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Directional Coupler with improved Directivity for TETRA Radios

IP.com Disclosure Number: IPCOM000010261D
Original Publication Date: 2002-Nov-13
Included in the Prior Art Database: 2002-Nov-13
Document File: 3 page(s) / 40K

Publishing Venue

Motorola

Related People

Cizhong Xu: AUTHOR [+3]

Abstract

The directivity of a directional coupler is improved by making the construction symmetrical. Four different solutions that are easy to manufacture are discussed.

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Directional Coupler with improved Directivity for TETRA Radios

By Cizhong Xu, Klaus Dirksmeier, Bernhard Hammes

Abstract

The directivity of a directional coupler is improved by making the construction symmetrical. Four different solutions that are easy to manufacture are discussed.

Introduction

This paper describes improvements in the field of directional couplers, which offer a higher directivity for use in Cartesian Feedback Systems.

Problem(s) To Be Solved

Transmitters in TETRA radios often use a Cartesian Feedback System to improve the linearity of RF Power Amplifiers (PA) and thereby to reduce the RF power transmitted in the adjacent channels (ACP: Adjacent Channel Power). In a Cartesian Feedback System, a proportional part of the output power is extracted with the use of a directional coupler, and fed to a control circuitry.

Problem:

If the directional coupler does not have sufficient directivity, there is a risk that a mismatch at the antenna and awkward phase conditions may lead to the Cartesian Feedback System being unable to regulate the output power correctly, and that the regulator loop will become unstable. A simple solution for this problem is to build in an isolator (circulator) between the directional coupler and antenna so that the directional coupler is always terminated with the correct line impedance, even in the case of an antenna mismatch, and the coupled power is exactly proportional to the output power flowing towards the antenna.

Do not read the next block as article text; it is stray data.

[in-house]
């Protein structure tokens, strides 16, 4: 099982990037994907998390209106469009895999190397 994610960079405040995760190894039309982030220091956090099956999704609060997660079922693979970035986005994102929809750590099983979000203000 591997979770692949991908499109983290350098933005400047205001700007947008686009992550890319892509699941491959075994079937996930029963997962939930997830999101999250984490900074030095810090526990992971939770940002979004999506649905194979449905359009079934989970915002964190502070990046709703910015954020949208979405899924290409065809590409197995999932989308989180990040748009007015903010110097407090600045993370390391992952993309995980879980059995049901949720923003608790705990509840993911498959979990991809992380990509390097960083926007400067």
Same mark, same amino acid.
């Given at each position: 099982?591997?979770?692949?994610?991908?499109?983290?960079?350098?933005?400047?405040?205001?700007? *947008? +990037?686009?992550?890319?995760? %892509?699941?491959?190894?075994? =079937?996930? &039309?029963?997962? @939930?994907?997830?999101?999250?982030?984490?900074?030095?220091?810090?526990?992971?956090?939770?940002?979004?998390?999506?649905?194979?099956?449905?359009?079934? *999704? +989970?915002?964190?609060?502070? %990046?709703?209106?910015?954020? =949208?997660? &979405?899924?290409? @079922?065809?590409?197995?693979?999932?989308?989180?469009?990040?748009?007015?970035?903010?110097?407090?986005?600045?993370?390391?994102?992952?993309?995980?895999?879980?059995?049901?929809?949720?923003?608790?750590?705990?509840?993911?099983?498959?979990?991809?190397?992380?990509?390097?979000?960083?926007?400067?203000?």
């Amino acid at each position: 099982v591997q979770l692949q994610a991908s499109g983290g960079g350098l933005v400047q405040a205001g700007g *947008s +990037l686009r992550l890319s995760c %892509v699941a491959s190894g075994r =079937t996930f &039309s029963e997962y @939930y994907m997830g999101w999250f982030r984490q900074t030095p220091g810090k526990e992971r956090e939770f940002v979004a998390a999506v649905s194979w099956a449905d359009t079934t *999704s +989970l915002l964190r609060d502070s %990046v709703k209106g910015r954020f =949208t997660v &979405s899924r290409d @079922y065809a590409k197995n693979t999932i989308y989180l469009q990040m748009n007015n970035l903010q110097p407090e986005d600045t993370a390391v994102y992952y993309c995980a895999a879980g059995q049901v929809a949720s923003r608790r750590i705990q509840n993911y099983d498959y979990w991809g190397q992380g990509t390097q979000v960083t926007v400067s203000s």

Disadvantage of using an isolator: An isolator adds additional cost to the product. It requires a certain amount of space, which is a disadvantage, especially in portable radios. The power dissipation of the isolator reduces the efficiency of the transmitter, and at higher output power levels this will cause additional heating up of the product. Therefore the goal is to avoid the use of an isolator.

Proposed Solution to the Problems

The proposed solution is to improve the directivity of the directional coupler, so that it couples only the power flowing towards the antenna, even if there is a mismatch at the antenna. Normally the directional coupler is constructed in micro-strip technology. The conductive tracks of the directional coupler are on one side of the printed circuit board (PCB) surface, as pictured in Figure 1. This structure is simple and can be cost efficiently realized, but it has a crucial disadvantage: The directivity

D = 20 * LOG (PWR3 / PWR4)

is substantially limited. The reason for this is the asymmetrical construction.

Above the two strip lines (Refer to Figure 1) is air, with a dielectric coefficient of approximately 1 (er »1). The substrate material between the two conductive tracks and the ground plane has a dielectric coefficient greater than 1 (er » 4.8 for standard PCB material). Due to the different dielectric coefficients in the regions above and below the conductive tracks the phase velocities (even mode, odd mode) cannot be the same in bot...